Currently, about 30 people gather weekly in Falkirk—which is the sign of a blessed work among western European church plants.  Among their latest attempts to reach out to those they live among is to invite an LST team for this coming summer.  The Scots do speak English, but many of the immigrants and international students in Scotland do not, so this team sees them as an opportunity—and I think they are right.

One of the characteristics of growing mission churches throughout the world, as I have observed, is that they are not jealous of their national identity, but rather have completely open doors and open hearts to whomever God brings them.  This team loves the Scottish people, but they also love the Polish people and the Chinese, and the many other nationalities that God has brought to Scotland.  They believe and are acting upon Acts 17:24

 From one man he made every nation of men, that they should inhabit the whole earth; and he determined the times set for them and the exact places where they should live.  God did this so that men would seek him and perhaps reach out for him and find him, though he is not far from each one of us.

Robin and Chrissy Vick are members of this wonderful team. Robin is the son of missionary parents, and his love for the mission of God is evident. He talked about his commitment to Scotland, that he declined opportunities to join mission teams to other places, that he and Chrissy prayed and prayed for team members to join them, but were committed to go without others if so called.

Why do missionary kids become missionaries?  Here are a few of the reasons as I see it!

  • They learn very early in life that God loves the whole world, not just the U.S., not just the western world, not just the free world, not even just the Christian world, but the WHOLE world!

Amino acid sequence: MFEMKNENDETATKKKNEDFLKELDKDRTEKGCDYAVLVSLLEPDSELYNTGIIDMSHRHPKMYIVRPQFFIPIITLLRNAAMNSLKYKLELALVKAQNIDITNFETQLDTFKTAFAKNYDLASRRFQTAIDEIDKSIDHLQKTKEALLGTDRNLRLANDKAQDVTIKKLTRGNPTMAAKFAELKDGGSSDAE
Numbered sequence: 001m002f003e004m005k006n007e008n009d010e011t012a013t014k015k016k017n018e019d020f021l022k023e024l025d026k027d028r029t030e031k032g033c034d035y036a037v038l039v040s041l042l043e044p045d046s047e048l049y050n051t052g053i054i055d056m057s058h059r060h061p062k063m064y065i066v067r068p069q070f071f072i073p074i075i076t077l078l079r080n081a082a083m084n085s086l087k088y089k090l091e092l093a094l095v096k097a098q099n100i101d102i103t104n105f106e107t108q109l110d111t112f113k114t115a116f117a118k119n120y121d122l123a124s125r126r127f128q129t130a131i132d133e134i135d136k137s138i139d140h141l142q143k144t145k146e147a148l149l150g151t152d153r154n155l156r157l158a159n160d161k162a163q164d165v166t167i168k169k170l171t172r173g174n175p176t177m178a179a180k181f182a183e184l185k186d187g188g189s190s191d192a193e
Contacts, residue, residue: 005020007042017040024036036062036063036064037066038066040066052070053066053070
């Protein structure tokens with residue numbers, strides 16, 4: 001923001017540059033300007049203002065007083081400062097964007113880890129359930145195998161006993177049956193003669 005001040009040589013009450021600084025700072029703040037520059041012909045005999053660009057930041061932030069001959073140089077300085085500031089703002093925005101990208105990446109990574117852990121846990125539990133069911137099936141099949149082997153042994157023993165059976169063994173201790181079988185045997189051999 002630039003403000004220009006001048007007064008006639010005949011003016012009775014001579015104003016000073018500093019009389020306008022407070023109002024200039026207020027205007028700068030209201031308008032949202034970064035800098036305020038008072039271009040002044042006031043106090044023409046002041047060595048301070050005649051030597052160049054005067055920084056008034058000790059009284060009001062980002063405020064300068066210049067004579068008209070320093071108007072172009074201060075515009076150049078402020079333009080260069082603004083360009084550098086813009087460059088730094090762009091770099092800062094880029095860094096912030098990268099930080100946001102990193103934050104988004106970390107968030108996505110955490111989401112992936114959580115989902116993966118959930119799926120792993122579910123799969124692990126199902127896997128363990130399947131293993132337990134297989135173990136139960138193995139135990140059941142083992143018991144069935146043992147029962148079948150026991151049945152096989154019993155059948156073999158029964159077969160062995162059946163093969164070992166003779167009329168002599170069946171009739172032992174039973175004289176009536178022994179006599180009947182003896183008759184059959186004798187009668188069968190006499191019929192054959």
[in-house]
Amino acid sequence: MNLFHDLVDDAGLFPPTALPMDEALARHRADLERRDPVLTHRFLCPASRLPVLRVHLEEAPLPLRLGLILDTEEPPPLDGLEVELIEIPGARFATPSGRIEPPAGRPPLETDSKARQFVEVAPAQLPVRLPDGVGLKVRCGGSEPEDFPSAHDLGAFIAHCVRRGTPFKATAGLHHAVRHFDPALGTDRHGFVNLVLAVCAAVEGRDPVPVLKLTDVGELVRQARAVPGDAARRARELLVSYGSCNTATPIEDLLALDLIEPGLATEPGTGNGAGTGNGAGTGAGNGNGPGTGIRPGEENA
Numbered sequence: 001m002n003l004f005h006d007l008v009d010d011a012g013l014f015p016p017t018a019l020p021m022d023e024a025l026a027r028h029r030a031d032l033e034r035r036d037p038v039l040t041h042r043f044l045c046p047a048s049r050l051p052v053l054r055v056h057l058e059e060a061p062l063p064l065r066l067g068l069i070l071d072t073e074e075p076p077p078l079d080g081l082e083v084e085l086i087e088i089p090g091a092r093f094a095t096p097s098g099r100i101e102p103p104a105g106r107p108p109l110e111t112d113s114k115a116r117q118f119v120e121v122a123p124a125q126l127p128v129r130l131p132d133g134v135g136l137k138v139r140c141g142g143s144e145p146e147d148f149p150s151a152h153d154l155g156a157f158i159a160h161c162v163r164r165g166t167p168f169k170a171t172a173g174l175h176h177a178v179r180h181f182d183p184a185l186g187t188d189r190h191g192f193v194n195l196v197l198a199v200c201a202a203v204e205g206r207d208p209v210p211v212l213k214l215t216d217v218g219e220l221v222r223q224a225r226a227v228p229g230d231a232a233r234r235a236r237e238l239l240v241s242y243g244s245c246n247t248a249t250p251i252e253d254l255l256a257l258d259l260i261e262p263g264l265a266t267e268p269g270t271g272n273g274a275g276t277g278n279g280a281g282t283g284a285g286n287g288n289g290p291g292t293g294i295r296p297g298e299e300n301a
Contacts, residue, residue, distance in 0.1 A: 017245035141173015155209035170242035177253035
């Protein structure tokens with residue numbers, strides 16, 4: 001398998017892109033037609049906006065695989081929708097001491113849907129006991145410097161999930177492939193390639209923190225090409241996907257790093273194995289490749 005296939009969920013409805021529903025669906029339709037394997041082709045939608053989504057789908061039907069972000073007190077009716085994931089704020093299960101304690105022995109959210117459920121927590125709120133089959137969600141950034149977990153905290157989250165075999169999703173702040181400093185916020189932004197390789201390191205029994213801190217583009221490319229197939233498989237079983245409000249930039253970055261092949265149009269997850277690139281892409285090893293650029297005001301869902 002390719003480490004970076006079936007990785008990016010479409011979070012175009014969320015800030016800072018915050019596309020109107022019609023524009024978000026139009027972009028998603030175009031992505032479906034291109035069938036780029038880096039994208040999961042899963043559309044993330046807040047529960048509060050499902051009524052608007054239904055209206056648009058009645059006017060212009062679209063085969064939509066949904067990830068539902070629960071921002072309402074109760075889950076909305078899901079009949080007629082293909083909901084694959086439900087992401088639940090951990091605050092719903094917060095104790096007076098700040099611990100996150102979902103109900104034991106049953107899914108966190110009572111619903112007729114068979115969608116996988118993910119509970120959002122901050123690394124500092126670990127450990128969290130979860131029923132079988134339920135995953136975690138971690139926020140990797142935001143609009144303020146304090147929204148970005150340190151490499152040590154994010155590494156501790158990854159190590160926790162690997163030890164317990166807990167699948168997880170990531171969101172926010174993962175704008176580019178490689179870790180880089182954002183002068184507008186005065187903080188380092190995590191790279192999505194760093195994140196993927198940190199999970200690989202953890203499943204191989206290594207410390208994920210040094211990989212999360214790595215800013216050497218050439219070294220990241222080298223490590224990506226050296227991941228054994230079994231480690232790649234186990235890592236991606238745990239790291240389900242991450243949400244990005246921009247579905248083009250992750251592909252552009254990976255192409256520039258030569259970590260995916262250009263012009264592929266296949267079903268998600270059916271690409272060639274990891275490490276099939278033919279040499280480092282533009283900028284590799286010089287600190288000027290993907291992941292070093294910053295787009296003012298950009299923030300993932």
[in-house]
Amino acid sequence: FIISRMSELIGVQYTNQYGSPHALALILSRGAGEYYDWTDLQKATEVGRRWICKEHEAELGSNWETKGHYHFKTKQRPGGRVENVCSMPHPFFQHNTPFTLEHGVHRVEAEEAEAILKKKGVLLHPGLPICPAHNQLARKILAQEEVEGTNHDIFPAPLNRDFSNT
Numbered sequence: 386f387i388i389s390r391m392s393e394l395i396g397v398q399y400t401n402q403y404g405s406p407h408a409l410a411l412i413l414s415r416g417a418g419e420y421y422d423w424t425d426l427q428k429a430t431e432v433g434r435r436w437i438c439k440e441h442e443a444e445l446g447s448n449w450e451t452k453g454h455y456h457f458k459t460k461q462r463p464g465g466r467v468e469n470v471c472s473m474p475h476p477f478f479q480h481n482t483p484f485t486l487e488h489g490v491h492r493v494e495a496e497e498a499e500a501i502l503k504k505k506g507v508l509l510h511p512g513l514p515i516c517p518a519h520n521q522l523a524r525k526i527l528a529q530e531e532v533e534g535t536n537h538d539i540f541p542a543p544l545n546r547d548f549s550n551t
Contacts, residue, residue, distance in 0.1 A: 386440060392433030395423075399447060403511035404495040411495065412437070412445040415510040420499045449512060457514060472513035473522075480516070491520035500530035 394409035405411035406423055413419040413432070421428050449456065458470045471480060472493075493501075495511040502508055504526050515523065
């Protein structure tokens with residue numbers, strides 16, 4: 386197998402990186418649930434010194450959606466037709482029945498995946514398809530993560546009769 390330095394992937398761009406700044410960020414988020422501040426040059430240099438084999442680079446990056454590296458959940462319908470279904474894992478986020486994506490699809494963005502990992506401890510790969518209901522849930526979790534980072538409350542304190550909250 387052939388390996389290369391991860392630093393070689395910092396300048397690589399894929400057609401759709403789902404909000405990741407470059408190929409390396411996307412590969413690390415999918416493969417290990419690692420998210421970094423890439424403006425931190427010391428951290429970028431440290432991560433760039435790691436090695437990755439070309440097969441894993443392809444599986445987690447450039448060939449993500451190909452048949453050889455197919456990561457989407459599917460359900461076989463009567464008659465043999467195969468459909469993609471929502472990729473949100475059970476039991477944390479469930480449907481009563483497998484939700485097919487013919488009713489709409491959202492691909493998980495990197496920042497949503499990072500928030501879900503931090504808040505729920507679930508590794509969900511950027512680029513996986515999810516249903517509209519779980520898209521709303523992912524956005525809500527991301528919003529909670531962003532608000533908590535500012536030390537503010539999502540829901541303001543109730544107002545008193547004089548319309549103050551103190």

• They learn the special skills that are needed to navigate foreign places. They know that languages, dialects, accents can be learned and used appropriately. They understand about visas, and negotiating foreign airports. They are not put off when their money is not green and the coins have pictures of foreign rulers on them with holes in the middle.
  • They are not afraid of other systems. So what if their kids go to European schools! So what if they have socialized medicine! So what if their country has a parliament and a queen instead of a president and a congress.
  • They know the answer to the question that so many potential American missionaries hear: why do you need to go over there? Don’t we have plenty of people here that need to hear the gospel?  They know that not only does Nashville have plenty who still need to hear the gospel, but there are thousands of Christians living in Nashville with huge resources to do that work.  And how many are living in Falkirk? And what are the resources.  That’s why they choose Scotland!

Not all missionary kids become missionaries.  But many do—and we should all give thanks for them and for their parents!

And some of you young parents might want to think about moving!!